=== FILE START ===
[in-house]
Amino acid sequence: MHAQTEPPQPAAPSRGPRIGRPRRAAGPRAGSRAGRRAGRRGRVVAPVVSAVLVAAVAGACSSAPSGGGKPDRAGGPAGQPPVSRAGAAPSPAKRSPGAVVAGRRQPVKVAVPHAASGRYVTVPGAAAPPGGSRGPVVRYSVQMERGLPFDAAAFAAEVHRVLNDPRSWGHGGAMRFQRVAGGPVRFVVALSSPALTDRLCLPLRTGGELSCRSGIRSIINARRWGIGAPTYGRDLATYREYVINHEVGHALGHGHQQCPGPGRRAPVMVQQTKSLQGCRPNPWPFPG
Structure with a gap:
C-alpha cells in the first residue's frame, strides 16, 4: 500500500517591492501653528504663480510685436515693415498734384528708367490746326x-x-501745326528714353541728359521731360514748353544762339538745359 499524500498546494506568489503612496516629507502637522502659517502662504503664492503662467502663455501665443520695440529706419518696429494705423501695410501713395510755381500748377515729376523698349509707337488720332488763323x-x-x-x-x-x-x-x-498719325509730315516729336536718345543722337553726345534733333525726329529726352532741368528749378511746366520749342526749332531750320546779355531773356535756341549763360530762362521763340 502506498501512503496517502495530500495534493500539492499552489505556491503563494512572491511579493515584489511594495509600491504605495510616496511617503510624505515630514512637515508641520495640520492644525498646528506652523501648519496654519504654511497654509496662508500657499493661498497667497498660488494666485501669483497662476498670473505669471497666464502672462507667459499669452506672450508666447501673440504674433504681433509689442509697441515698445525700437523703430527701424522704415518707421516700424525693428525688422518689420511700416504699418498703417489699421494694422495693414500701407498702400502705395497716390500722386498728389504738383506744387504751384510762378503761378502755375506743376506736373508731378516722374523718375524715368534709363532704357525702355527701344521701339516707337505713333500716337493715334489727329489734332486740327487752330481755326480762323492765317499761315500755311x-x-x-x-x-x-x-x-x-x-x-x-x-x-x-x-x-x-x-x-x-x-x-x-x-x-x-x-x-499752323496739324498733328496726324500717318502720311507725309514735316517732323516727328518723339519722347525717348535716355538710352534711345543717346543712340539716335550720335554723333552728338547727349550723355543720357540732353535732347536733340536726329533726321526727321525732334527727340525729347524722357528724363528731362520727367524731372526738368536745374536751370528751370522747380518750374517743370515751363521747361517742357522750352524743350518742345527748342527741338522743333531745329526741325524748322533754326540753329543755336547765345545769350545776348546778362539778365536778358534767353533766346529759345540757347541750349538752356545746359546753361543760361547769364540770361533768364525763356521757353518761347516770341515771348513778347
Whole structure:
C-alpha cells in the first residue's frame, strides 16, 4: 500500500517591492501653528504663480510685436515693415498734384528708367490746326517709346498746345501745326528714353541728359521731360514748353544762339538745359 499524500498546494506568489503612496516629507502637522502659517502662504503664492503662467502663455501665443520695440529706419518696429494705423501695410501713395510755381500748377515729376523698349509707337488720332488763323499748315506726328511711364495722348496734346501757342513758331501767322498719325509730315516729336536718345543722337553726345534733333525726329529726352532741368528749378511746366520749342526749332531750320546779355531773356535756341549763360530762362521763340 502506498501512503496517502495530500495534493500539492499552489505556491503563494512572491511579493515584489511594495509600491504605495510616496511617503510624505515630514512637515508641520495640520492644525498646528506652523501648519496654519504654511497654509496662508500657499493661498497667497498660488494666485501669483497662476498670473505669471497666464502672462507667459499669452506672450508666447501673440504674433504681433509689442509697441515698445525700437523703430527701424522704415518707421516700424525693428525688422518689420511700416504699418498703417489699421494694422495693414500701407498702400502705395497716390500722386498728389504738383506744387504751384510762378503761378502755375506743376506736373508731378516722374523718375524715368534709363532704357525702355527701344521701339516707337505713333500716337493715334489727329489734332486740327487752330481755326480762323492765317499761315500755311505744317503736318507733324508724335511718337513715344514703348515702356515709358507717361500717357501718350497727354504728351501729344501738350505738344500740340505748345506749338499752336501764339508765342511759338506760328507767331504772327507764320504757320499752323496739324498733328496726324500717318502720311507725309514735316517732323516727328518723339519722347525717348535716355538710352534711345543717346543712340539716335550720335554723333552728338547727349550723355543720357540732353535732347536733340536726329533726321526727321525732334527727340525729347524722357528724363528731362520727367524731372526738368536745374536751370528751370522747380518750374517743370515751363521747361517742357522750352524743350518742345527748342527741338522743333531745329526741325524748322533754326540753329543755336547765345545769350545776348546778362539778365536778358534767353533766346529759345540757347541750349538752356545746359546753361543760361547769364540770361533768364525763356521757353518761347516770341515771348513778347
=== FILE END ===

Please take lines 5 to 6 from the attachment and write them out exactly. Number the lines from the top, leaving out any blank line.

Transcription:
Whole structure:
C-alpha cells in the first residue's frame, strides 16, 4: 500500500517591492501653528504663480510685436515693415498734384528708367490746326517709346498746345501745326528714353541728359521731360514748353544762339538745359 499524500498546494506568489503612496516629507502637522502659517502662504503664492503662467502663455501665443520695440529706419518696429494705423501695410501713395510755381500748377515729376523698349509707337488720332488763323499748315506726328511711364495722348496734346501757342513758331501767322498719325509730315516729336536718345543722337553726345534733333525726329529726352532741368528749378511746366520749342526749332531750320546779355531773356535756341549763360530762362521763340 502506498501512503496517502495530500495534493500539492499552489505556491503563494512572491511579493515584489511594495509600491504605495510616496511617503510624505515630514512637515508641520495640520492644525498646528506652523501648519496654519504654511497654509496662508500657499493661498497667497498660488494666485501669483497662476498670473505669471497666464502672462507667459499669452506672450508666447501673440504674433504681433509689442509697441515698445525700437523703430527701424522704415518707421516700424525693428525688422518689420511700416504699418498703417489699421494694422495693414500701407498702400502705395497716390500722386498728389504738383506744387504751384510762378503761378502755375506743376506736373508731378516722374523718375524715368534709363532704357525702355527701344521701339516707337505713333500716337493715334489727329489734332486740327487752330481755326480762323492765317499761315500755311505744317503736318507733324508724335511718337513715344514703348515702356515709358507717361500717357501718350497727354504728351501729344501738350505738344500740340505748345506749338499752336501764339508765342511759338506760328507767331504772327507764320504757320499752323496739324498733328496726324500717318502720311507725309514735316517732323516727328518723339519722347525717348535716355538710352534711345543717346543712340539716335550720335554723333552728338547727349550723355543720357540732353535732347536733340536726329533726321526727321525732334527727340525729347524722357528724363528731362520727367524731372526738368536745374536751370528751370522747380518750374517743370515751363521747361517742357522750352524743350518742345527748342527741338522743333531745329526741325524748322533754326540753329543755336547765345545769350545776348546778362539778365536778358534767353533766346529759345540757347541750349538752356545746359546753361543760361547769364540770361533768364525763356521757353518761347516770341515771348513778347